CE: Present. Unlike Hugh, I still do work for money. I don’t know I have been so lucky to go from one thing to another. My first job was working for David Letterman and worked there for 8 years where I had my own TV show and then a movie. And I seem to have always been able to have something. I have done some horrible movies for a quick buck. My crazy jobs weren’t even that crazy. I was a tour guide at Rockefeller Center and then a PA and a runner on a couple of TV shows. Right now, like everybody, the times in this business have changed and the numbers have gone down especially for people like me, in the business. I still try to certainly be choosy and the idea of working with these two guys was really too much to turn down so I really did it for below what I usually get paid.
HG: I cleaned a lot of lavatories. And I was rather good at it. But I did hate it. I remember I was cleaning lavatories at IBM in London and I was on my way to work one day and I thought I really can’t stand this another day, I wish the place would just burn down. And as I turned the corner, it was burning down. And I didn’t know I had that power. I’ve tried not to use it too much since.
Q: Then what?
HG: I delivered new cars. In those days it was very important that you had to run them in slowly so we were told to drive them at 20 mph and we drove them at 120 mph. I crashed one and was fired from that job. I was a very good waiter in a gay restaurant on Kings Road. I got lots of tips and was very flirty. It just happened to have a large gay clientele, and I wiggled my bottom.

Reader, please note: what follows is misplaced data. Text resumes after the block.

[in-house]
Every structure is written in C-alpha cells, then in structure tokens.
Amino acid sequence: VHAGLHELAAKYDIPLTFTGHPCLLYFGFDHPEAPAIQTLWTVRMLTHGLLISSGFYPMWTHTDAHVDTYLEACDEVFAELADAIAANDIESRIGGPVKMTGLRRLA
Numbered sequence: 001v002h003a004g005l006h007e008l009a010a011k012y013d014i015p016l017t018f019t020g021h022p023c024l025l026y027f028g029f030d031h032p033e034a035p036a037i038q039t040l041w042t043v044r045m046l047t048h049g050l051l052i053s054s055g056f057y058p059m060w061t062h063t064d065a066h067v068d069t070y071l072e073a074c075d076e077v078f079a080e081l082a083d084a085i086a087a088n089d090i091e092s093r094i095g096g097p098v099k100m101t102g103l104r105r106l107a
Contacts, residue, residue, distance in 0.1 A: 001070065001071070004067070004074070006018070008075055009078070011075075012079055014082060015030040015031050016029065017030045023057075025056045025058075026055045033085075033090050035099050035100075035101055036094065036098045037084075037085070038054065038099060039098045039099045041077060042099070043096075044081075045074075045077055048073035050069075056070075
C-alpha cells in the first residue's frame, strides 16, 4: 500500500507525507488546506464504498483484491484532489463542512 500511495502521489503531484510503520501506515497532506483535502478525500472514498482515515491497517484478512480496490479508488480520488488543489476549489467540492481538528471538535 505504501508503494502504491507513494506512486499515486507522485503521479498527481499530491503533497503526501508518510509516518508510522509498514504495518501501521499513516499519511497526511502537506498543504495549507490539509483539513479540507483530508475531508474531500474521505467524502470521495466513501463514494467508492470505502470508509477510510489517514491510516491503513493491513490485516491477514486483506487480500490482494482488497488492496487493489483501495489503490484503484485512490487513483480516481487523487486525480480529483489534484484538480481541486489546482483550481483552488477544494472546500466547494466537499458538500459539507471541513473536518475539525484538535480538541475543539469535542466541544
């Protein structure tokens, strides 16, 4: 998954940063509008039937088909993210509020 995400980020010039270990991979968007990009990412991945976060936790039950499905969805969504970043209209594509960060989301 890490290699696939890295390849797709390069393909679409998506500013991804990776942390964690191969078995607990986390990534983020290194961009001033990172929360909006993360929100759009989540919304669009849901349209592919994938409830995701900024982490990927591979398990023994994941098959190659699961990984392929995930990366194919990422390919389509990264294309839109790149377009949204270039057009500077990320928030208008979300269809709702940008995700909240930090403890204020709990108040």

Q: Mark, why do you work with the same people?
ML: I don’t like meeting new people. I almost never leave the apartment. And so I live a kind of hermit like existence. I do get very comfortable around certain people. Like Chris and I had done something a while back, and I always wanted to work together again. I’m a creature of habit in every aspect of my life. It just so happens that in this situation, the people you’re doing stuff with are the absolute best at what they do. So it all works out.
HG: Mark has had the same lunch every day for 30 years.
ML: Sandy used to always say, “Everything you eat is white”. But I do like working with the same people. And also for the kind of stuff I write which is way too many words, there’s not that many people who do it all that well. So when you find them, you cling on.
Q: What do you think of this idea of re-writing your life? That you can do this if you just commit to it and really believe in yourself?